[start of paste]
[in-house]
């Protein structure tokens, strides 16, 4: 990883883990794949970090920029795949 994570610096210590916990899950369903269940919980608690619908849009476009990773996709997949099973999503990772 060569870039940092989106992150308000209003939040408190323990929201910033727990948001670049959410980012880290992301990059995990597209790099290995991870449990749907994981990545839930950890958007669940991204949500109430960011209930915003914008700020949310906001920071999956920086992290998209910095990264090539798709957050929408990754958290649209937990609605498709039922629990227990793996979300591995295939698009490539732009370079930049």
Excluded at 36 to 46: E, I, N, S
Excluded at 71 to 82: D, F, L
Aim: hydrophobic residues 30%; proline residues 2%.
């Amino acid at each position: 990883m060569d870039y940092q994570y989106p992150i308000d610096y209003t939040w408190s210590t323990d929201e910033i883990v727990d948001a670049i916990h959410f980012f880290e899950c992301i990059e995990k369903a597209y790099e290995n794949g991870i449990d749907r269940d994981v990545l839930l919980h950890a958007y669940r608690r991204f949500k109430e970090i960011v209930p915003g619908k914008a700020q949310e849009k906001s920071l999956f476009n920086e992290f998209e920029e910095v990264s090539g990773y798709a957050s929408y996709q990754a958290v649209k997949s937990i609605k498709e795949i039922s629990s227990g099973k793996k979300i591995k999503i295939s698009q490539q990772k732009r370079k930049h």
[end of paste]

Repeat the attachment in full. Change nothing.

[in-house]
């Protein structure tokens, strides 16, 4: 990883883990794949970090920029795949 994570610096210590916990899950369903269940919980608690619908849009476009990773996709997949099973999503990772 060569870039940092989106992150308000209003939040408190323990929201910033727990948001670049959410980012880290992301990059995990597209790099290995991870449990749907994981990545839930950890958007669940991204949500109430960011209930915003914008700020949310906001920071999956920086992290998209910095990264090539798709957050929408990754958290649209937990609605498709039922629990227990793996979300591995295939698009490539732009370079930049």
Excluded at 36 to 46: E, I, N, S
Excluded at 71 to 82: D, F, L
Aim: hydrophobic residues 30%; proline residues 2%.
């Amino acid at each position: 990883m060569d870039y940092q994570y989106p992150i308000d610096y209003t939040w408190s210590t323990d929201e910033i883990v727990d948001a670049i916990h959410f980012f880290e899950c992301i990059e995990k369903a597209y790099e290995n794949g991870i449990d749907r269940d994981v990545l839930l919980h950890a958007y669940r608690r991204f949500k109430e970090i960011v209930p915003g619908k914008a700020q949310e849009k906001s920071l999956f476009n920086e992290f998209e920029e910095v990264s090539g990773y798709a957050s929408y996709q990754a958290v649209k997949s937990i609605k498709e795949i039922s629990s227990g099973k793996k979300i591995k999503i295939s698009q490539q990772k732009r370079k930049h």